Villa-Lobos  was strongly affected by WW1 and dedicated no less than three Symphonies: n.3, n.4 "Vitoria" and n.5 (if I recall well, rated to be lost).
Much connected (even programmatic) to WW1 is d'Indy Symphonia Brevis (n.3) "De Bello Gallico"; actually not so short, at about thirty minutes.
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kyjo
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« Reply #22 on: October 13, 2013, 03:46:41 pm »

I know it's not a symphony, but Casella's poignant, defiant Elegia eroica is a tribute to the victims of WWI.
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Dundonnell
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« Reply #23 on: October 13, 2013, 05:52:49 pm »

Gordon Jacob's Symphony No.1 is dedicated to the memory of his brother who died on the Somme. The slow movement is a funeral march and is, presumably, directly related to the composer's brother.
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Wheesht
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« Reply #24 on: October 13, 2013, 06:35:16 pm »

There is the "Wartime Music" series on the Northern Flowers label - I have Volume 5 with the first symphony by Mieczyslaw Weinberg from 1942 (according to the liner notes, it wasn't performed until 1967, by the Mosco Philharmonic under the baton of Kirill kondrashin).
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kyjo
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« Reply #25 on: October 13, 2013, 06:48:14 pm »

There is the "Wartime Music" series on the Northern Flowers label - I have Volume 5 with the first symphony by Mieczyslaw Weinberg from 1942 (according to the liner notes, it wasn't performed until 1967, by the Mosco Philharmonic under the baton of Kirill kondrashin).

Indeed! Another one from the "Wartime Music" series is Mosolov's powerful Symphony in E.
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Toby Esterhase
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« Reply #26 on: October 13, 2013, 11:03:39 pm »

There is the "Wartime Music" series on the Northern Flowers label - I have Volume 5 with the first symphony by Mieczyslaw Weinberg from 1942 (according to the liner notes, it wasn't performed until 1967, by the Mosco Philharmonic under the baton of Kirill kondrashin).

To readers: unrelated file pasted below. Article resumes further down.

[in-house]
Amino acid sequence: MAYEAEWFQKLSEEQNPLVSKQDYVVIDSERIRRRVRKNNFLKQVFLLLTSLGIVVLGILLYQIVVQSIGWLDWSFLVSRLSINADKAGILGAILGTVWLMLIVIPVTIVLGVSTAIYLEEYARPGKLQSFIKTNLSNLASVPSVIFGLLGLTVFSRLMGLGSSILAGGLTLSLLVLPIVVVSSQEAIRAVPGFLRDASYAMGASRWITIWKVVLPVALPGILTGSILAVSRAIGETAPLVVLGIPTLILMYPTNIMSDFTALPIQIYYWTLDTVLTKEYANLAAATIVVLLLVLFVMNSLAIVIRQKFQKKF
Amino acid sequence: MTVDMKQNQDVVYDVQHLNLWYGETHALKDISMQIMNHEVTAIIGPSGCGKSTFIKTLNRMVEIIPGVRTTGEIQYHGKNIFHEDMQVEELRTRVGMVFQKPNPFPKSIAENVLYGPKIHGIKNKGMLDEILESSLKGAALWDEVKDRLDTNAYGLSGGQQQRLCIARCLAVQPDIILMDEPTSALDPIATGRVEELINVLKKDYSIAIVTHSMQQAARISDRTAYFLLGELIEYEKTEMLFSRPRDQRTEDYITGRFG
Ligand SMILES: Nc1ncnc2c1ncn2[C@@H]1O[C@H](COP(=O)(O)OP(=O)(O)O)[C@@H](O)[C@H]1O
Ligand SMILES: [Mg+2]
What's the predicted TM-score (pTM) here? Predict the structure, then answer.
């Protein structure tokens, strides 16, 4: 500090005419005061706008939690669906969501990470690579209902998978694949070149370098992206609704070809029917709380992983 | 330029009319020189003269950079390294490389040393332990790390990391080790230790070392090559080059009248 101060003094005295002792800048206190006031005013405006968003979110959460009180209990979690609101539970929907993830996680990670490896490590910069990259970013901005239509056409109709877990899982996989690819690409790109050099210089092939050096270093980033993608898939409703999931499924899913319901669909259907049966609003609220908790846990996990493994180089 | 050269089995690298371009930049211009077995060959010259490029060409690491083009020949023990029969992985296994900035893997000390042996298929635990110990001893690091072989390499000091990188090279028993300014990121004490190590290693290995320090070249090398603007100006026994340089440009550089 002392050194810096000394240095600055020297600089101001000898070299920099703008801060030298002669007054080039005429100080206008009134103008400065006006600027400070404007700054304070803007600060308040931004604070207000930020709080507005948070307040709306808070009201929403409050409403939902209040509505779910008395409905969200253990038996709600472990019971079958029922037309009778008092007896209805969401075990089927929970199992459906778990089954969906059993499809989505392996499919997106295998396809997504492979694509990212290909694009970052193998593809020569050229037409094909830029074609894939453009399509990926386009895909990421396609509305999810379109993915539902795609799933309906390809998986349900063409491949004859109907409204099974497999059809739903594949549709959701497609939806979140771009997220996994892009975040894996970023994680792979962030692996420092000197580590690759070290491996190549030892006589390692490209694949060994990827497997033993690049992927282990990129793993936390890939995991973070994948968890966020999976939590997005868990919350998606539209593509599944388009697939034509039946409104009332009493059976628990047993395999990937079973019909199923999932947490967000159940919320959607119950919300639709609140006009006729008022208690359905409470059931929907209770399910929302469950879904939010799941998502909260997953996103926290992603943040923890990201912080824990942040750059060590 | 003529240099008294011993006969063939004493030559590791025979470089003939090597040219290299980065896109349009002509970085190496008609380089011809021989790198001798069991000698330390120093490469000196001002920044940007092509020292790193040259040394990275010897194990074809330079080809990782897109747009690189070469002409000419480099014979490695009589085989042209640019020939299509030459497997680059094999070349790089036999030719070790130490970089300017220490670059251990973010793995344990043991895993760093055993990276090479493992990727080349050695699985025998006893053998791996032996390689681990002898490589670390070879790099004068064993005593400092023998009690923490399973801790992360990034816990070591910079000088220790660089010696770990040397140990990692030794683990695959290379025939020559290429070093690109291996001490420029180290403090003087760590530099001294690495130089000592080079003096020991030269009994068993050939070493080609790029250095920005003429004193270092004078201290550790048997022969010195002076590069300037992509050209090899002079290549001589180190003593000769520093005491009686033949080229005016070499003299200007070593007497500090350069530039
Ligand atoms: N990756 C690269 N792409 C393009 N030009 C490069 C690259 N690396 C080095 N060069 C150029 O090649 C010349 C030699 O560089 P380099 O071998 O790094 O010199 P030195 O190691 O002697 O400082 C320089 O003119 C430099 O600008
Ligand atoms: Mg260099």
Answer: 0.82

Indeed! Another one from the "Wartime Music" series is Mosolov's powerful Symphony in E.
I appreciate greatly also Yevlakhov and Knipper in this series

lesser level Kochurov
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chill319
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« Reply #27 on: October 24, 2013, 02:44:04 am »

Barber symphony 2 is very much a war symphony, and a strong one IMO.
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Jolly Roger
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« Reply #28 on: October 25, 2013, 01:38:48 am »

I don't think Myaskovsky's 20th and 21st symphonies apply, given the specific situation surrounding Russia, which was attacked by June of 1941. Myaskovsky responded to it with his Symphony no. 22 and its language and expressive mode reflect that.

Good point! His 24th and 25th are definitely his major "war symphonies". The slow movement of the 24th is a deeply moving tribute to the fallen.
Mia's powerful 6th has definite military undertones..
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Jolly Roger
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« Reply #29 on: October 25, 2013, 04:08:26 am »

You can hear Janus Ciker's compelling, turbulent and unheralded war statement here..
Symphony 1945
http://classical-music-online.net/en/production/51451